21. Alexandra Spitz-Oener, 2006. "Technical Change, Job Tasks, and Rising Educational Demands: Looking outside the Wage Structure," Journal of Labor Economics, University of Chicago Press, vol. 24(2), pages 235-270, April.
  22. González, Libertad & Ortega, Francesc, 2011. "How do very open economies adjust to large immigration flows? Evidence from Spanish regions," Labour Economics, Elsevier, vol. 18(1), pages 57-70, January.
  23. Hainmueller, Jens & Hiscox, Michael J., 2007. "Educated Preferences: Explaining Attitudes Toward Immigration in Europe," International Organization, Cambridge University Press, vol. 61(02), pages 399-442, April.
  24. David Card & Christian Dustmann & Ian Preston, 2005. "Understanding attitudes to immigration: The migration and minority module of the first European Social Survey," CReAM Discussion Paper Series 0503, Centre for Research and Analysis of Migration (CReAM), Department of Economics, University College London.
Full references (including those not matched with items on IDEAS)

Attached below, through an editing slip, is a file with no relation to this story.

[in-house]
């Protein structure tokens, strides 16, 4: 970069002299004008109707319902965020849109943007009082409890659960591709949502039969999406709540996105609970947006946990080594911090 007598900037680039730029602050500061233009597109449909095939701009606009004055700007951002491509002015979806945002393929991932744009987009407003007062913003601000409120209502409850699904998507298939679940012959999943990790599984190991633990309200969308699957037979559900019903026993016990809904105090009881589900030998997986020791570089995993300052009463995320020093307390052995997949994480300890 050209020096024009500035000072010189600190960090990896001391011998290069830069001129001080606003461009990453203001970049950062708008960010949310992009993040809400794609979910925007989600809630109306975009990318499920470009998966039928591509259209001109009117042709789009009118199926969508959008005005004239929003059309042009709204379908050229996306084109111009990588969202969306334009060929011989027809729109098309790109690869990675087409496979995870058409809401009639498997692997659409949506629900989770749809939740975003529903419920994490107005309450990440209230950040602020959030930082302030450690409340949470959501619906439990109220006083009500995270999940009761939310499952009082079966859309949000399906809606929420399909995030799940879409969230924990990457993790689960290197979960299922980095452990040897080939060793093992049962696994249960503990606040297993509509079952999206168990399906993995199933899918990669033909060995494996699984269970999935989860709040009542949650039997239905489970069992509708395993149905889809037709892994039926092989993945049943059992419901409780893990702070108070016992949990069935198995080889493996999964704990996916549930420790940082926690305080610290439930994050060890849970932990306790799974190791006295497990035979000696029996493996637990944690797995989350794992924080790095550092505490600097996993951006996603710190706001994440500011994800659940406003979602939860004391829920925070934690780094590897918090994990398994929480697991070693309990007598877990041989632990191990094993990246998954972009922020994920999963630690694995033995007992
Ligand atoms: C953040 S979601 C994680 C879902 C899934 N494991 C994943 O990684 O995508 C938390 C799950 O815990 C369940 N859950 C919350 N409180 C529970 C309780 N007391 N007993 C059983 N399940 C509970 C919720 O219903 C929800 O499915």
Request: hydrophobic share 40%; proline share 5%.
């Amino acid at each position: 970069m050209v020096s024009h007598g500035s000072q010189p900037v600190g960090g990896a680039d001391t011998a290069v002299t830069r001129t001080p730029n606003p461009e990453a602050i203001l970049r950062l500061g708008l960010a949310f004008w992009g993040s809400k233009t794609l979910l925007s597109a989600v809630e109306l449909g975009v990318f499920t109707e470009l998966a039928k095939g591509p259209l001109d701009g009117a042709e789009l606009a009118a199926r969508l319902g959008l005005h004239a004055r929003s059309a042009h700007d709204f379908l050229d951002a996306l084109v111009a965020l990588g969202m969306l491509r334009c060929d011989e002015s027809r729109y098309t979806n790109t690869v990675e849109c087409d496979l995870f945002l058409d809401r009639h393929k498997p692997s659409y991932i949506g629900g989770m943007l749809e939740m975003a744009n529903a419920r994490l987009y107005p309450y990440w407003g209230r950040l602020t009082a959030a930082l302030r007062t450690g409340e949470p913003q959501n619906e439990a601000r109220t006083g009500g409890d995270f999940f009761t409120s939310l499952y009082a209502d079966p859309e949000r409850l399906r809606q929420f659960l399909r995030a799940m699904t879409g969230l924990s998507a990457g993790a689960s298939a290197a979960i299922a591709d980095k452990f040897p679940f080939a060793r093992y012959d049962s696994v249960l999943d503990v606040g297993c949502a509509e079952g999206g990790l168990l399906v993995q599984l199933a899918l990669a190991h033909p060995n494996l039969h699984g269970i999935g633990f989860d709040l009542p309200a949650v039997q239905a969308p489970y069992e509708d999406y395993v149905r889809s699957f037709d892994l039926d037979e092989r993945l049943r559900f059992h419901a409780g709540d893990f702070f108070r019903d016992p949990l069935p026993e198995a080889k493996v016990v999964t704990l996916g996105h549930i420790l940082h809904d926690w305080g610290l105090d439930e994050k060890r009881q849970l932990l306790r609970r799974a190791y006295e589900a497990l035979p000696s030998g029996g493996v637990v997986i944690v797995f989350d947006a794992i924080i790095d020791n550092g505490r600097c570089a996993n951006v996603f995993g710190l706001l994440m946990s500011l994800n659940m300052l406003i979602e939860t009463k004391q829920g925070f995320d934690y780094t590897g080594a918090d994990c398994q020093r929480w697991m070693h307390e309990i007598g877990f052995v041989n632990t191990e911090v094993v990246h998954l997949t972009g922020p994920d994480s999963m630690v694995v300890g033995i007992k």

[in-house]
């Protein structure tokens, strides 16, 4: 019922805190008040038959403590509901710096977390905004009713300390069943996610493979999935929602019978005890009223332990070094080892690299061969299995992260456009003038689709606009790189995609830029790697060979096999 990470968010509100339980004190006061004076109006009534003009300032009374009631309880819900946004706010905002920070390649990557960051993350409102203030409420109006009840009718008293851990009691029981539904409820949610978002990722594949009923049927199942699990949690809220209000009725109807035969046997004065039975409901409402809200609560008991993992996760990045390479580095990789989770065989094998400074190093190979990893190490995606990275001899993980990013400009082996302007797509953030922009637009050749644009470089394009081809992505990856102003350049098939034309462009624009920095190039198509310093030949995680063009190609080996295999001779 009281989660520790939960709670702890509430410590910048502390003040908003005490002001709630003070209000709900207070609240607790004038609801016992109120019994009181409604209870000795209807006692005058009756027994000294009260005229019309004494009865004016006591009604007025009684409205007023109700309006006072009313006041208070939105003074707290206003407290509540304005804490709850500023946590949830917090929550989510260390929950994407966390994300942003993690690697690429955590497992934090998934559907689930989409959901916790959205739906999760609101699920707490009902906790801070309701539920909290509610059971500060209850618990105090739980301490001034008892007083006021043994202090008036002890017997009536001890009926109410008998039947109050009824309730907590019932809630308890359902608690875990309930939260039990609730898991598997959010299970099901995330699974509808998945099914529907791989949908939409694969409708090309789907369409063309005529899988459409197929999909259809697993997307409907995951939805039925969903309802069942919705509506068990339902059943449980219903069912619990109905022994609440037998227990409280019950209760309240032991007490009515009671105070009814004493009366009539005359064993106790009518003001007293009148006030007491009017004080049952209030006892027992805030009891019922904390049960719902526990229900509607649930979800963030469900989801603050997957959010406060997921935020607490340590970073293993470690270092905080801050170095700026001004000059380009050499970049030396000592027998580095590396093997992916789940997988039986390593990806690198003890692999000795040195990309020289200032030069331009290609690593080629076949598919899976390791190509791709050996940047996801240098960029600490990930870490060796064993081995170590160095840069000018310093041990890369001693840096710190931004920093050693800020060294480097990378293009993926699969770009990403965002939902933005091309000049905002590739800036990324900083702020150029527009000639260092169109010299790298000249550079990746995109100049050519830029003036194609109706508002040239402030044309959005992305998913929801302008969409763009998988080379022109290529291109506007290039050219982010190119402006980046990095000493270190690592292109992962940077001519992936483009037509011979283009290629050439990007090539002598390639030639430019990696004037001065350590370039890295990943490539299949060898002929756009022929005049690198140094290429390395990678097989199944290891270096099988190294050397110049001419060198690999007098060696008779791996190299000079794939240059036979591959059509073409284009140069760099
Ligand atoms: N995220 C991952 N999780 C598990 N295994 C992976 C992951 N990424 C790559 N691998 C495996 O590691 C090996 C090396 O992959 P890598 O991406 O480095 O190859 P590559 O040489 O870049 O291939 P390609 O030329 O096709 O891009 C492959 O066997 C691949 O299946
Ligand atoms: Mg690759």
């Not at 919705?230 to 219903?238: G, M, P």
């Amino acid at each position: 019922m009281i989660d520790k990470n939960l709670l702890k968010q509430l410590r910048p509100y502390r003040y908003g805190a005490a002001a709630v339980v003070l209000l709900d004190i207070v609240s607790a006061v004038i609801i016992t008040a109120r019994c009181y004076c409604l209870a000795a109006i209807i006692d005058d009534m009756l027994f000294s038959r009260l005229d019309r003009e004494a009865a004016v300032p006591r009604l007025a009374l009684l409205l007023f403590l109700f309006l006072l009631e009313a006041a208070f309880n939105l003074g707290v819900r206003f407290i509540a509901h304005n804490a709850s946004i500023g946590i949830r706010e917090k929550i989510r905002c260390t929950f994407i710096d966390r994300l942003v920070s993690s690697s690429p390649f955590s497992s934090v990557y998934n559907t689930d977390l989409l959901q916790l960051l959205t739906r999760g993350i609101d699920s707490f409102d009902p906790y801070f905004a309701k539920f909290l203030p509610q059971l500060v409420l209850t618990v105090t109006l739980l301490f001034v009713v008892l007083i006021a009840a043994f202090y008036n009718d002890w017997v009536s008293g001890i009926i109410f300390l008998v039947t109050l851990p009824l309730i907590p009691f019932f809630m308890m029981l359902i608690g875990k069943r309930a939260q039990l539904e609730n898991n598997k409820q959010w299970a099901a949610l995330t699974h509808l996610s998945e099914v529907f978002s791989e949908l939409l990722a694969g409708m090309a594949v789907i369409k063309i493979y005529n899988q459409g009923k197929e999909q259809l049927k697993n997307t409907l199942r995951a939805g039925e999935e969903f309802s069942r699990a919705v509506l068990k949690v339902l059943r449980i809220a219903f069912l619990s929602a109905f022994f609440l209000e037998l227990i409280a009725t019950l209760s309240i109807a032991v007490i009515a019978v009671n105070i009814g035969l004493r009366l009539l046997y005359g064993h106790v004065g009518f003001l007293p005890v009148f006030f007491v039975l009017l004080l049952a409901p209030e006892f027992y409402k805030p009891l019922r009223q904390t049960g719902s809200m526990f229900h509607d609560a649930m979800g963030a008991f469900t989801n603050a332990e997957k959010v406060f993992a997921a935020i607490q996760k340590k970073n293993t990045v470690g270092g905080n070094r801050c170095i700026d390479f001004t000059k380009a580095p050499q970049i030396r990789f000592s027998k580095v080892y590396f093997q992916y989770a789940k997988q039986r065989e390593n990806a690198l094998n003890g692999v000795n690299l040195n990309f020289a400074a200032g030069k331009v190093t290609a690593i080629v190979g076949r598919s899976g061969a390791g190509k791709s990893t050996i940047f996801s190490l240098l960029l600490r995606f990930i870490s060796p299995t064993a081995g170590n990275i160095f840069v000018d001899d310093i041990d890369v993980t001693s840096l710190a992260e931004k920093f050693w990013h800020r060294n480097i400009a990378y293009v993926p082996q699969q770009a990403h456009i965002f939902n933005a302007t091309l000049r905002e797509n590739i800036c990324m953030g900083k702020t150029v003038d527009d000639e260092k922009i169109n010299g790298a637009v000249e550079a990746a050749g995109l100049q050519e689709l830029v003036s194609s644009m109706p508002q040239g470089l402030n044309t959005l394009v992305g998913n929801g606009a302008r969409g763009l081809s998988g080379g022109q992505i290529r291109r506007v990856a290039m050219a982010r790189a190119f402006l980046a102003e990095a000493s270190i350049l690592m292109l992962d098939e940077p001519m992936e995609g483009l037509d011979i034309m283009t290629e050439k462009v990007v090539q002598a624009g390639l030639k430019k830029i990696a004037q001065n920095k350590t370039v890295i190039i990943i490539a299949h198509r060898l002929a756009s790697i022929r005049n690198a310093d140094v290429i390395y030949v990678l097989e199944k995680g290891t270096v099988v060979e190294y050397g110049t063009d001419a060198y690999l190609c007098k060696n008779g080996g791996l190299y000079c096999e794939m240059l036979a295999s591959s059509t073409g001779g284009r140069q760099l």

This item is not listed on Wikipedia, on a reading list or among the top items on IDEAS.

When requesting a correction, please mention this item's handle: RePEc:imd:wpaper:wp2009-14. See general information about how to correct material in RePEc.

For technical questions regarding this item, or to correct its authors, title, abstract, bibliographic or download information, contact: (IMDEA RePEc Maintainer)

If you have authored this item and are not yet registered with RePEc, we encourage you to do it here. This allows to link your profile to this item. It also allows you to accept potential citations to this item that we are uncertain about.

If references are entirely missing, you can add them using this form.

If the full references list an item that is present in RePEc, but the system did not link to it, you can help with this form.

If you know of missing items citing this one, you can help us creating those links by adding the relevant references in the same way as above, for each refering item. If you are a registered author of this item, you may also want to check the "citations" tab in your profile, as there may be some citations waiting for confirmation.

Please note that corrections may take a couple of weeks to filter through the various RePEc services.

This information is provided to you by IDEAS at the Research Division of the Federal Reserve Bank of St. Louis using RePEc data.